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"A new Linux malware downloader created using SHC (Shell Script Compiler) has been spotted in the wild," reports the site Bleeping Computer, "infecting systems with Monero cryptocurrency miners and DDoS IRC bots... "The analysts say the attacks likely rely on brute-forcing weak administrator account credentials over SSH on Linux servers.... " According to ASEC researchers, who discovered the attack, the SHC loader was uploaded to VirusTotal by Korean users, with attacks generally focused on Linux systems in the same country.... When the SHC malware downloader is executed, it will fetch multiple other malware payloads and install them on the device. One of the payloads is an XMRig miner that is downloaded as a TAR archive from a remote URL and extracted to "/usr/local/games/" and executed.... The second payload retrieved, dropped, and loaded by the SHC malware downloader is a Perl-based DDoS IRC bot. The malware connects to the designated IRC server using configuration data and goes through a username-based verification process. If successful, the malware awaits commands from the IRC server, including DDoS-related actions such as TCP Flood, UDP Flood, and HTTP Flood, port scanning, Nmap scanning, sendmail commands, process killing, log cleaning, and more. ASEC warns that attacks like these are typically caused by using weak passwords on exposed Linux servers.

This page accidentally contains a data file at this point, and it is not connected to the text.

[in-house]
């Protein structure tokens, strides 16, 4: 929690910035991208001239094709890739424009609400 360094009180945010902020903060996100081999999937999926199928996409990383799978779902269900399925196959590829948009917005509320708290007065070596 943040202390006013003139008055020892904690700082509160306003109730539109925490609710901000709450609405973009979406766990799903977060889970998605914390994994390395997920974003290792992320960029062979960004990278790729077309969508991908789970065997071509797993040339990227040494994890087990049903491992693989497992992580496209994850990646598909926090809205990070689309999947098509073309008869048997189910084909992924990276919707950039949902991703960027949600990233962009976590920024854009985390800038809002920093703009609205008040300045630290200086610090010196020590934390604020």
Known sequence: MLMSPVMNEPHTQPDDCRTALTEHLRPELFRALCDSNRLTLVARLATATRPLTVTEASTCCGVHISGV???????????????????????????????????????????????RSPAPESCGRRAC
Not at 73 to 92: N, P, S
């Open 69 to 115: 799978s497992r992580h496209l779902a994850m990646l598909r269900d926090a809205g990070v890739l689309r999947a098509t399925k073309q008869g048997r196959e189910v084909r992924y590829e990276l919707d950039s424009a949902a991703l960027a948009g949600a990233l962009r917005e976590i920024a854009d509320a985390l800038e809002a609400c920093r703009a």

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Vanilla OS Offers a New Take on Security for the Linux Desktop